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Rain and creepy clowns can’t dampen Michiganians’ passion for fear. Just ask southeast Michigan haunted house owners, who say their haunts have seen impressive attendance numbers during the first few weeks of the Halloween season.

“We’re up compared to last year,” said Jared Layman, owner of The Deadland haunted attraction in Warren. “We’re doing good.”

The haunted house industry is big business: It pulls in between $400 million and $500 million in ticket sales from over 16 million guests in the United States every year, according to the Haunted House Association, which represents some 2,000 ticketed attractions nationwide. And that’s not all: The National Retail Federation expects Americans to spend a record $8.4 billion on Halloween this year.

Ed Terebus, co-owner of the Erebus Haunted Attraction in Pontiac, estimates tens of thousands will pay for the privilege of being frightened at Erebus this season.

Erebus employs hundreds of actors, make-up artists, security guards and ticket-takers. Terebus estimates the operation at 18 S. Perry costs about $1,000 an hour to run during the peak season. “Operational costs are huge,” he said.

Erebus opened this year for its 17th season. Terebus, who runs the four-floor haunt he opened with his brother, Jim, in 1998, wouldn’t say how much money the operation pulls in every season, but he said the attraction does well enough that he and his team can work on the haunt year-round.

Visitors wander just under a half-mile through Erebus, which is contained within a warehouse nestled behind the Crofoot Ballroom in downtown Pontiac. From 2005 to 2009, it held the Guinness World Record for the largest walk-through haunted attraction.

“Halloween is the coolest holiday,” the 53-year-old said. “You don’t have to go visit nobody, you don’t have to buy presents for anybody. ... It’s one time you can just let it all out, man, be what you want and nobody’s going to say anything.”

Layman, 36, said The Deadland, a decade-old permanent attraction, brings in over six figures.

The attraction has started to make more money the last few years, he said, but he hasn’t quit his day job as an electronic technician.

“I got into it with the intention of making it a business,” he said. He expects to see more than 10,000 visitors this season, each of whom pay $15 to walk through the haunted house at 20900 Dequindre. Layman enlists around 25 volunteers as actors, and pays for security.

At Erebus, patrons shell out $23 for a weekday romp through the four-floor attraction, or $28 on Fridays and Saturdays. New this year is a $50 VIP ticket that allows visitors to skip the typically two-and-a-half-hour line.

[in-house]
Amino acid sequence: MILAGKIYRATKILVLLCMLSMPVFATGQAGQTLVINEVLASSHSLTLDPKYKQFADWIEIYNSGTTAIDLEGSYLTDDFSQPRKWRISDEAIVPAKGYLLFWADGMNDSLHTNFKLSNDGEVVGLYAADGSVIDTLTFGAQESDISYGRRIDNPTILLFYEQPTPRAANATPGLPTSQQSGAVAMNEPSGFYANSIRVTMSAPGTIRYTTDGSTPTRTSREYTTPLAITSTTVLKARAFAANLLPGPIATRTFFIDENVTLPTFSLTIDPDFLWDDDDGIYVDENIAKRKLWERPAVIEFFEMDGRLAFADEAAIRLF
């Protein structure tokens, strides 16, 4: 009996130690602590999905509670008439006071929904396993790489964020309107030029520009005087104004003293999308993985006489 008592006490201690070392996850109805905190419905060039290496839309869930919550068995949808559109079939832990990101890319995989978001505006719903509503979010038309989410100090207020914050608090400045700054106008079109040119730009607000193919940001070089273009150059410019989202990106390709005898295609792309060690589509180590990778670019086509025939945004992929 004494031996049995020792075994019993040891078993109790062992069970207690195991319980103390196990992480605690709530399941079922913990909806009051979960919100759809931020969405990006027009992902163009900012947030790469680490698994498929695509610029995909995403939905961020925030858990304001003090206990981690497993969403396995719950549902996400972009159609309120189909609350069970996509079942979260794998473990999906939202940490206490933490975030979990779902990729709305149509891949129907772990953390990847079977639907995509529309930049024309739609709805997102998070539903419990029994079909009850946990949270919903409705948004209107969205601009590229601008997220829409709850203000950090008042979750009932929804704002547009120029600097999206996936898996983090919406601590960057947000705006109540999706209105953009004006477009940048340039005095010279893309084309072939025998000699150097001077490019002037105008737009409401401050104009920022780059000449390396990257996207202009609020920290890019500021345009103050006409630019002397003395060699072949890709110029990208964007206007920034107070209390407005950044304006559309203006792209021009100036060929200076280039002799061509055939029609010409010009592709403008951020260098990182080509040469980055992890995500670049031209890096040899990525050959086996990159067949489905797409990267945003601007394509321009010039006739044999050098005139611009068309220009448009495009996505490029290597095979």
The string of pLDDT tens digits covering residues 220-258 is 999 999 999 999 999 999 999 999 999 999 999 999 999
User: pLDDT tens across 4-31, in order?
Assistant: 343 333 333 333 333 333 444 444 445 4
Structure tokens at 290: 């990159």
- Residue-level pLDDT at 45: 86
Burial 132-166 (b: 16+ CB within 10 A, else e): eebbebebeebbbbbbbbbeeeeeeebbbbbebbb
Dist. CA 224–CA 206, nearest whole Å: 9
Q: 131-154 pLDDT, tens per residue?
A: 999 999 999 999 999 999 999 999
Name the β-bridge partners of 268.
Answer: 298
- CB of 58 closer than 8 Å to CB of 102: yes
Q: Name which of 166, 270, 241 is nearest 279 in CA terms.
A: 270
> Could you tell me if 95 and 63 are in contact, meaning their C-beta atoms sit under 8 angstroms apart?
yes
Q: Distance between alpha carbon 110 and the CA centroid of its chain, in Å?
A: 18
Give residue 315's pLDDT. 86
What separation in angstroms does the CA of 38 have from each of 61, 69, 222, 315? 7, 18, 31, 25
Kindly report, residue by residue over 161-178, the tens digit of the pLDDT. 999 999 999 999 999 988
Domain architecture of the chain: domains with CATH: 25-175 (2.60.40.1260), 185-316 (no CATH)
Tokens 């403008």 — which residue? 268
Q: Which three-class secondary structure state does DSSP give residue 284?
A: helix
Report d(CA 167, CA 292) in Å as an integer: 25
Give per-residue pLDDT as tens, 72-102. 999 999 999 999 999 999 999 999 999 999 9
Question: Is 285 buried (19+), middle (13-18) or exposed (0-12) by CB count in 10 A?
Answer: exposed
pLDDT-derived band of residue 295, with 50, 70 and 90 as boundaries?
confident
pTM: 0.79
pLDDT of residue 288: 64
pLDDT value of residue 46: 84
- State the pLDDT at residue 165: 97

Their four-floor attraction is massive compared to the brothers’ first attraction in 1981 — a haunted trailer. Back then, they charged $1.50 per head. Each year, they added more trailers to their “haunt,” which moved around Metro Detroit every year. Eventually they went looking for a permanent location.

“It was a lot of work,” Terebus said, but buying a building and rebranding helped. Now, Terebus spends the off-season reconfiguring parts of the haunt and installing new scares.

Sometimes, he gets to put on a mask and revisit what got him in the business over three decades ago. “That’s why we started doing this,” he said. “You scare people for a living. Can it get better than that?”

Ken Evan, 53, co-owns Slaughterhouse Adventure and the Grand River Corn Maze at 5781 W. Grand River in Fowlerville. His business partner, 60-year-old Rick VanGilder, funds the operation.

The duo employs about 90 actors from local colleges and high schools for the season.

Their attractions cost hundreds of thousands of dollars to build, Evan said. Many of their props are made from VanGilder’s old farm equipment.

On a good day, Evan said the entire operation will make $3,000. The owners make a profit, he said, but it isn’t much.

Rain affects Evan’s business more than others, he said, because two of three attractions are outdoors.

But good crowds have still come through the indoor haunted house, he said, and he and VanGilder aren’t in it to make much money anyway.

“The (high school) kids have a job and you make some money,” he said, “but we’re having fun.”

ithibodeau@detroitnews.com

(313) 222-2359

Twitter: @Ian_Thibodeau

If you go

The Deadland Haunted House

20900 Dequindre, Warren

Admission: $15; $22 fast pass to skip the line; $10 age 12 and under

Hours: Go to thedeadland.com

Erebus Haunted Attraction

18 S. Perry, Pontiac

Admission: $23 Monday-Thursday; $28 Friday-Saturday; $25 Sunday; $50 for VIP pass to skip the line

Hours: Go to hauntedpontiac.com/dates

Slaughterhouse Adventure

781 W. Grand River, Fowlerville

Admission: $35 for haunted house, Grand River Corn Maze and haunted hayride; $15 for one attraction; $25 for two

Hours: Go to slaughterhouseadventure.com

Hush

34043 Ford, Westland

Admission: $18, $30-$45 VIP

Hours: Go to hushhauntedattractions.com

Scarefest Scream Park

34111 28 Mile, Lenox Township

Admission: $15 single attraction, packages and VIP tickets available

Hours: Go to scarefestscreampark.com.

SIN Haunted House

3131 Biddle, Wyandotte

Admission: $15

Hours: Call (734) 288-7024

For more area haunted attractions, click here.

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